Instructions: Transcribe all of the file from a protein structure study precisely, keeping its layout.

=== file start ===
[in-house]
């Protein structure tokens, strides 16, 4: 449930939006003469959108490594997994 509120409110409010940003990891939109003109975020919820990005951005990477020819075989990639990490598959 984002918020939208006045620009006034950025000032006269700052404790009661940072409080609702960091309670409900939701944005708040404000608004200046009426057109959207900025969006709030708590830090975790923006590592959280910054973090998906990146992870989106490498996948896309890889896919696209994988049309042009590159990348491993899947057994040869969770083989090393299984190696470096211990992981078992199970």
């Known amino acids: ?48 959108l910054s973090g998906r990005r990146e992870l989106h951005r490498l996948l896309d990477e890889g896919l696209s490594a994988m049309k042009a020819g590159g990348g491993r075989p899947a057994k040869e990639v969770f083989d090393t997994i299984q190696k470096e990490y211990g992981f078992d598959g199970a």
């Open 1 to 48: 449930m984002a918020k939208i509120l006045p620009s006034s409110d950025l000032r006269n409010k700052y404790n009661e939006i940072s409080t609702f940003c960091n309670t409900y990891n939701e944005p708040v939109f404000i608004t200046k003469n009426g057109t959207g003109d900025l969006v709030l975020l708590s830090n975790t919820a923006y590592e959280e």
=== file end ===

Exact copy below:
[in-house]
């Protein structure tokens, strides 16, 4: 449930939006003469959108490594997994 509120409110409010940003990891939109003109975020919820990005951005990477020819075989990639990490598959 984002918020939208006045620009006034950025000032006269700052404790009661940072409080609702960091309670409900939701944005708040404000608004200046009426057109959207900025969006709030708590830090975790923006590592959280910054973090998906990146992870989106490498996948896309890889896919696209994988049309042009590159990348491993899947057994040869969770083989090393299984190696470096211990992981078992199970």
């Known amino acids: ?48 959108l910054s973090g998906r990005r990146e992870l989106h951005r490498l996948l896309d990477e890889g896919l696209s490594a994988m049309k042009a020819g590159g990348g491993r075989p899947a057994k040869e990639v969770f083989d090393t997994i299984q190696k470096e990490y211990g992981f078992d598959g199970a």
């Open 1 to 48: 449930m984002a918020k939208i509120l006045p620009s006034s409110d950025l000032r006269n409010k700052y404790n009661e939006i940072s409080t609702f940003c960091n309670t409900y990891n939701e944005p708040v939109f404000i608004t200046k003469n009426g057109t959207g003109d900025l969006v709030l975020l708590s830090n975790t919820a923006y590592e959280e």